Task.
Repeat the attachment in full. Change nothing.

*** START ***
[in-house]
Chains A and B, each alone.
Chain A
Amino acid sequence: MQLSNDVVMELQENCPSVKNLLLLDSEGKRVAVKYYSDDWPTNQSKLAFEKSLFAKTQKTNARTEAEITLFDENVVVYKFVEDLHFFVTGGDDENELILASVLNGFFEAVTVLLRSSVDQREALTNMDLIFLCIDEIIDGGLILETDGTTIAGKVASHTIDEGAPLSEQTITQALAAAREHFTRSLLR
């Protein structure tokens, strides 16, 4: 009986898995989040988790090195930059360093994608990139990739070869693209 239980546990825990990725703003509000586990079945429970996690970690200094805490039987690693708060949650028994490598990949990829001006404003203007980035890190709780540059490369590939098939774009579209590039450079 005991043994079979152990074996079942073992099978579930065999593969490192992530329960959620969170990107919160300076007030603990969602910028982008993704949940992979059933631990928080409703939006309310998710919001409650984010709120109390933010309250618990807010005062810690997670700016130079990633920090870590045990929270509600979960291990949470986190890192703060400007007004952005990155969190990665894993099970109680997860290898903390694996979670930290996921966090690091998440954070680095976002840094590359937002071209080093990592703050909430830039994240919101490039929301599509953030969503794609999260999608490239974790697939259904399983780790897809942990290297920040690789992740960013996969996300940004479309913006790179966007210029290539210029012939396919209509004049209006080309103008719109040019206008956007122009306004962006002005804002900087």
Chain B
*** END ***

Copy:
[in-house]
Chains A and B, each alone.
Chain A
Amino acid sequence: MQLSNDVVMELQENCPSVKNLLLLDSEGKRVAVKYYSDDWPTNQSKLAFEKSLFAKTQKTNARTEAEITLFDENVVVYKFVEDLHFFVTGGDDENELILASVLNGFFEAVTVLLRSSVDQREALTNMDLIFLCIDEIIDGGLILETDGTTIAGKVASHTIDEGAPLSEQTITQALAAAREHFTRSLLR
């Protein structure tokens, strides 16, 4: 009986898995989040988790090195930059360093994608990139990739070869693209 239980546990825990990725703003509000586990079945429970996690970690200094805490039987690693708060949650028994490598990949990829001006404003203007980035890190709780540059490369590939098939774009579209590039450079 005991043994079979152990074996079942073992099978579930065999593969490192992530329960959620969170990107919160300076007030603990969602910028982008993704949940992979059933631990928080409703939006309310998710919001409650984010709120109390933010309250618990807010005062810690997670700016130079990633920090870590045990929270509600979960291990949470986190890192703060400007007004952005990155969190990665894993099970109680997860290898903390694996979670930290996921966090690091998440954070680095976002840094590359937002071209080093990592703050909430830039994240919101490039929301599509953030969503794609999260999608490239974790697939259904399983780790897809942990290297920040690789992740960013996969996300940004479309913006790179966007210029290539210029012939396919209509004049209006080309103008719109040019206008956007122009306004962006002005804002900087």
Chain B